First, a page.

In yesterday's hearing, several MEPs grilled Energy Commissioner designate Günther Öttinger about his close ties with German energy companies.
Claude Turmes (Greens, LU) put the spotlight on Öttinger's close personal relationships with Wulf Bernotat and Jürgen Großman, the chief executives of energy giants E.ON and RWE. Would Öttinger stand up against Bernotat in WWF's legal complaint over a new RWE coal plant in Mannheim? How would he handle possible infringement procedures against Amprion? RWE created this “independent” network operator in order to comply with EU rules, but remains involved in Amprion as Großman is chair of its supervisory board. Could Öttinger give an assurance that EU energy policy will not be decided during the regular card nights he has with his big energy friends?
Marita Ulvskog (S&D, SE) took a similar line, worrying whether Öttinger would not be “partisan” and favour nuclear energy as well as major energy companies.
Obviously, Öttinger had prepared carefully for these questions. He stated that he had no shares in energy companies EWF, EnBW, E.ON, RWE or Vattenfall. He clarified that he had only played skat with RWE's Großman once – during a public benefit event. He assured MEPs that special and in particular economic interests wouldn't be at the centre of his work, but that he would keep close contact with all stakeholders. And he invited MEPs to check whether he kept this promise.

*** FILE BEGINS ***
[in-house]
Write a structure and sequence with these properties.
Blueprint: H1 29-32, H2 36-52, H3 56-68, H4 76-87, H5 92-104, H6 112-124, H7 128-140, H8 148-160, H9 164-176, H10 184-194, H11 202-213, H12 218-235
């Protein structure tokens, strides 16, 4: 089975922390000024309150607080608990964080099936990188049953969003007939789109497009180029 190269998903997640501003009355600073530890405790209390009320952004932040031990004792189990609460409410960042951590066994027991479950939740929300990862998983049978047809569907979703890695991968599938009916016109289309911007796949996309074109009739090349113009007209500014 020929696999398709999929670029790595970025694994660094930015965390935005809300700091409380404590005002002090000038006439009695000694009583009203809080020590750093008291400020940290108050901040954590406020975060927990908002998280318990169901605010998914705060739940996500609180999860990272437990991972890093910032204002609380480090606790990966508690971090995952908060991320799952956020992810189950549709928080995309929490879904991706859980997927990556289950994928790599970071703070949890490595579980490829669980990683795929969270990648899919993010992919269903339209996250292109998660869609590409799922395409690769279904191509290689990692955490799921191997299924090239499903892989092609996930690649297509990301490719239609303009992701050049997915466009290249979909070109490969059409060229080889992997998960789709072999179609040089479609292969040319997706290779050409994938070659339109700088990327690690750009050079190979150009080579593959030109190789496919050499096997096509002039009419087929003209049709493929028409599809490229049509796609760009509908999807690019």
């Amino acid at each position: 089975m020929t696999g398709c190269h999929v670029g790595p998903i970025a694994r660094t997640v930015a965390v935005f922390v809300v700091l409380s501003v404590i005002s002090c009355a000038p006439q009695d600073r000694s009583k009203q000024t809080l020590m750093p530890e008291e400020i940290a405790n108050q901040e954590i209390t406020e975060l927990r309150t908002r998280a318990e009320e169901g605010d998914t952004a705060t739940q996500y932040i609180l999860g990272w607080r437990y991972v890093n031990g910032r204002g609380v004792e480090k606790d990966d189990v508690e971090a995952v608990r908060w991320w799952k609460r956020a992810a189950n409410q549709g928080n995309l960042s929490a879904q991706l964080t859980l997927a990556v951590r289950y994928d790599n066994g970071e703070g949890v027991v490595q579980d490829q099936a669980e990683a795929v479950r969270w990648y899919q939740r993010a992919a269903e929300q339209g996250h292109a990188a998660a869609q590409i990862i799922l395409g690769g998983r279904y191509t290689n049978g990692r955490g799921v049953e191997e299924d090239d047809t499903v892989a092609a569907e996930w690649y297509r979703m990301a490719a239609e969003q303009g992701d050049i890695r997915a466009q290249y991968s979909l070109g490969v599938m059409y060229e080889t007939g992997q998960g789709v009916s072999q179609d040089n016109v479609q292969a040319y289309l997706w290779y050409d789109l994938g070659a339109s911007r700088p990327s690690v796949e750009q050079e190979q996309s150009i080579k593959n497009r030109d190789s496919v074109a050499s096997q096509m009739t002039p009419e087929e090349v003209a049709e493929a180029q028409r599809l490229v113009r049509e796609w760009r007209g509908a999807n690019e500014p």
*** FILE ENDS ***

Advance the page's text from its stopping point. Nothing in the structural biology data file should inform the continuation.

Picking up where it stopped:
Remarkably, Öttinger praised the Commission for dealing more strictly with conflicts of interests and independence than any other organ he knew. But the controversy around Bulgarian designate Commissioner Jeleva indicates that the Commission fails to do serious, pro-active screening of conflicts of interest.
Despite Öttingers assurances, several other replies he made during the hearing should be reason for concern. He was cautious about splitting energy oligopolies through the so-called unbundling policy of separating production and supply from the transmission networks. This had been initiated by his predecessor and had encountered fierce opposition from German and French energy companies. And when describing his vision of a low-carbon economy, he voiced support for the contentious carbon capture and storage technology as a means to pave the way for the use of coal.
It remains to be seen whether Öttinger will manage to keep the distance from the energy giants that is needed to promote a green, safe and socially responsible energy future.